Advocates should not be ‘fence eating the grass’- should not impede smooth functioning of Courts; Madras HC [Read Order]
The Advocates, should not be 'fence eating the grass'. They should not impede the running of the Courts, place bottlenecks on the road to justice, the Court said.
Madras High Court has closed the Suo motu contempt petition initiated against four Advocates for disrupting the Court proceedings in a District Court, after they submitted their unconditional apology as affidavits.The court also directed the Advocates to appear before the District Munsif cum Judicial Magistrate, Rameswaram, in open Court and tender their unconditional apology.
A Division bench of Justices Satish K. Agnihotri and Dr.P.Devadass said that the Advocates, should not impede the running of the Courts, place bottlenecks on the road to justice.The court also asked Bar Council of Tamil Nadu and Puducherry to take strict disciplinary action as per the Rules and Regulations in case, if the Advocates indulge in similar disruptive activities in future.
The court had initiated Suo motu contempt proceedings after it received a report from the District Judge that on 17.3.2015, the four Advocates locked the entrance to the Court building and prevented the Presiding Officer, the Court staff and others from entering the Court. These Advocates also disruptedthe Court proceedings and hurled abuses at the Munsiff and the Court staffs.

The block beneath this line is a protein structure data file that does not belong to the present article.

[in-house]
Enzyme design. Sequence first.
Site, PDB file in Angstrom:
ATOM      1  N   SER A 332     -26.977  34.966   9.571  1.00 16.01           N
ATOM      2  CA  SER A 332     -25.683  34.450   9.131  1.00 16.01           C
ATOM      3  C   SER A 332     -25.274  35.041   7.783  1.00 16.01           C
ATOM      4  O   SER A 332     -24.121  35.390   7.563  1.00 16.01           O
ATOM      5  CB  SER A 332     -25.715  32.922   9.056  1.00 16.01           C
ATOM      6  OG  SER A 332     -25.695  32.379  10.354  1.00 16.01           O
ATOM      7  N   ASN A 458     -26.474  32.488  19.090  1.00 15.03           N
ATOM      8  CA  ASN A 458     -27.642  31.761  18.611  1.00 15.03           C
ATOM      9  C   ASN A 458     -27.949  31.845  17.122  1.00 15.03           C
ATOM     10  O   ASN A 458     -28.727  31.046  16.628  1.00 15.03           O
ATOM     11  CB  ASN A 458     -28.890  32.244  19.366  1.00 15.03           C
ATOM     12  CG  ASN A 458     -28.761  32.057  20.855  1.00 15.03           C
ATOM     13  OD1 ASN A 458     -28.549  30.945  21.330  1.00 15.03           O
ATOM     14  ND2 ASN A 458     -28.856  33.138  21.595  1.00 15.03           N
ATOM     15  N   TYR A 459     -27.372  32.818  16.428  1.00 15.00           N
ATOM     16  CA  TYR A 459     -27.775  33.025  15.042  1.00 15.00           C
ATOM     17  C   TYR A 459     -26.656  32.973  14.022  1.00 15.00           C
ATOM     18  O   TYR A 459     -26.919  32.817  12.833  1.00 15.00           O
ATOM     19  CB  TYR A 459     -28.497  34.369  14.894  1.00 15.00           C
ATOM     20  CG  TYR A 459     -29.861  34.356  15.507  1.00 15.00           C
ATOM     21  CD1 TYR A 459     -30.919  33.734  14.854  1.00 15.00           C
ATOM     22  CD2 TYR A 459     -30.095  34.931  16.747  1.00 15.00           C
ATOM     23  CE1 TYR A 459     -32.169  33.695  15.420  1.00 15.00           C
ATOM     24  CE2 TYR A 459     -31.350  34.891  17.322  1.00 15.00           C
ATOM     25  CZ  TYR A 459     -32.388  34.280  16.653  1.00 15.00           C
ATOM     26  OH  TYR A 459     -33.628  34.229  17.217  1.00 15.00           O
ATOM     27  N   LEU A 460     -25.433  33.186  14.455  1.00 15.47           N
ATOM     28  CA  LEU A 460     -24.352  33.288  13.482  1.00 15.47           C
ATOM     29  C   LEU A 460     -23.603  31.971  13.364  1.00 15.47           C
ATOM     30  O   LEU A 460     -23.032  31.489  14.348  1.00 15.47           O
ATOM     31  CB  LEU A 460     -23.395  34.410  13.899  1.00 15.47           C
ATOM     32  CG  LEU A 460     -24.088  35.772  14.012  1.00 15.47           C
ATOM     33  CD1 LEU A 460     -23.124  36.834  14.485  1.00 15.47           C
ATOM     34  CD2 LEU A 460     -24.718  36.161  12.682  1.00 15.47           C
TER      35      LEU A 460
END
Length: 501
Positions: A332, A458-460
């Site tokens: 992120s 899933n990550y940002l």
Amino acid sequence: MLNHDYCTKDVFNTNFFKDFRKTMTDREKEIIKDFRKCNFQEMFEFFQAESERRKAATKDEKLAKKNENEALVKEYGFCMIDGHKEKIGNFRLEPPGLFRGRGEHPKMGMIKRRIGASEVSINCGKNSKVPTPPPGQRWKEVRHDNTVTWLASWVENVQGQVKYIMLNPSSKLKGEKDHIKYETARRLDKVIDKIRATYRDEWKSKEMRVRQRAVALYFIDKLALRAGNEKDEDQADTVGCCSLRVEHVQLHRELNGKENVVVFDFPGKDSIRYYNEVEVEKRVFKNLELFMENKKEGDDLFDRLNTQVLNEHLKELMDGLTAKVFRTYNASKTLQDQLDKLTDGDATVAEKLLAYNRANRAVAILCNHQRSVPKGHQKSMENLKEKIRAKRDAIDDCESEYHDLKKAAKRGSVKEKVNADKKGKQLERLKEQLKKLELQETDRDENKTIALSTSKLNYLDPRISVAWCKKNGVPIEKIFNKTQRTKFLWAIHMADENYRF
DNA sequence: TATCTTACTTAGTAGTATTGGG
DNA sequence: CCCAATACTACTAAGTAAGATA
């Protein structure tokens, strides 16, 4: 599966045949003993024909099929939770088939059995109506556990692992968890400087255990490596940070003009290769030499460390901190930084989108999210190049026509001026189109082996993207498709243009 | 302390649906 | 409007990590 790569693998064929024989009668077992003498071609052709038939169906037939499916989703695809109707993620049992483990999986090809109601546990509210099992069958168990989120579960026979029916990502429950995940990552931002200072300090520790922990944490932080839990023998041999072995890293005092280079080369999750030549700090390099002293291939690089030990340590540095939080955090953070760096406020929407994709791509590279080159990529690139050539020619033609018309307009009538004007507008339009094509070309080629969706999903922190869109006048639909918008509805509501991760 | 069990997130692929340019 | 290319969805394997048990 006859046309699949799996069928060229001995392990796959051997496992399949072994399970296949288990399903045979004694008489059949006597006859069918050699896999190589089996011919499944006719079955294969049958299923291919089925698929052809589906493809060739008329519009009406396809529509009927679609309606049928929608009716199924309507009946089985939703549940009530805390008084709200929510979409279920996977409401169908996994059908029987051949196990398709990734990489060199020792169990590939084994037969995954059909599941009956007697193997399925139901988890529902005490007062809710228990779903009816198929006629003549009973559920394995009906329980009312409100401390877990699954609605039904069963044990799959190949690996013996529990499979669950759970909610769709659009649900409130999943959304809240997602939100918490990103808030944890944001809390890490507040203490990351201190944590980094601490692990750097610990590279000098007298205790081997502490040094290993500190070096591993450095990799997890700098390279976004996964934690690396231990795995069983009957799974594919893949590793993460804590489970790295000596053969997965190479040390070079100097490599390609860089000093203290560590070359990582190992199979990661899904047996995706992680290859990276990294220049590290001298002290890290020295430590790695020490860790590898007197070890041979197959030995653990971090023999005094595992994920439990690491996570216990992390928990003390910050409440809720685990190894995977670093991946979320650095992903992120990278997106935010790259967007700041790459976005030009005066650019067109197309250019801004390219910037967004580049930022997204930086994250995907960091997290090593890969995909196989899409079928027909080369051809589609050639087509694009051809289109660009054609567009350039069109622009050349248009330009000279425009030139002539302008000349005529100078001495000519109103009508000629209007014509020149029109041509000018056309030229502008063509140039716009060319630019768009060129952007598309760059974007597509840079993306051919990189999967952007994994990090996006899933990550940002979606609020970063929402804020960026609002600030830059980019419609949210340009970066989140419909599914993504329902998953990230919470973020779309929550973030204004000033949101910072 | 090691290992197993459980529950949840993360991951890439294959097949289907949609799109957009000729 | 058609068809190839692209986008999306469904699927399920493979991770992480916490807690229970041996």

The Advocates appeared before the High Court and they were asked to submit their unconditional apology to the District Munsif cum Judicial Magistrate, Rameswaram and also to presiding officer of the District Court. In their affidavit, the lawyers submitted their unconditional apology and pledged to function in a manner upholding the dignity and prestige of the profession and the Majesty of Law and Law Courts.
Advocates should not be ‘fence eating the grass’
After perusing the Apology affidavits, the court remarked that the Advocates, should not be 'fence eating the grass'. They should not impede the running of the Courts, place bottlenecks on the road to justice. The court also said that should not have closed the doors of the Court, preventing the Presiding Officer, the Court staff and the litigant public to enter the Court.
Highlighting the duties of Advocates, the Court said the members of the Bar, who are Officers of the Court, has a basic duty to assist the Court in its mission to deliver justice. 'Access to justice', 'recourse to judicial remedies' itself an essential feature of democratic countries. In affording people such access, the learned members of the Bar are tools for the CourtBench and the Bar shall work in unison to run the Chariot of justice smoothly, the bench said.
Lawyers disrupting court proceedings unacceptable
The bench also cautioned the bar not to disrupt the court functioning to redress their grievances. If the Bar members have any grievance as against any Presiding Officer, they should bring it to the notice of the Principal District Judge. Lawyers themselves have their own method of redressing their grievances cannot be accepted, digested, the court said.
It was only two weeks ago, the Supreme Court, raising serious concern over the violence indulged in by lawyers in the Madras High Court premises, refused to interfere with HC’s order for deployment of CISF by replacing state police security in the court complex.The Bar Council of India had suspended 15 advocates, including President and Secretary of Madurai Bar Association for indulging in violence in the Madras High Court.
Read the order here.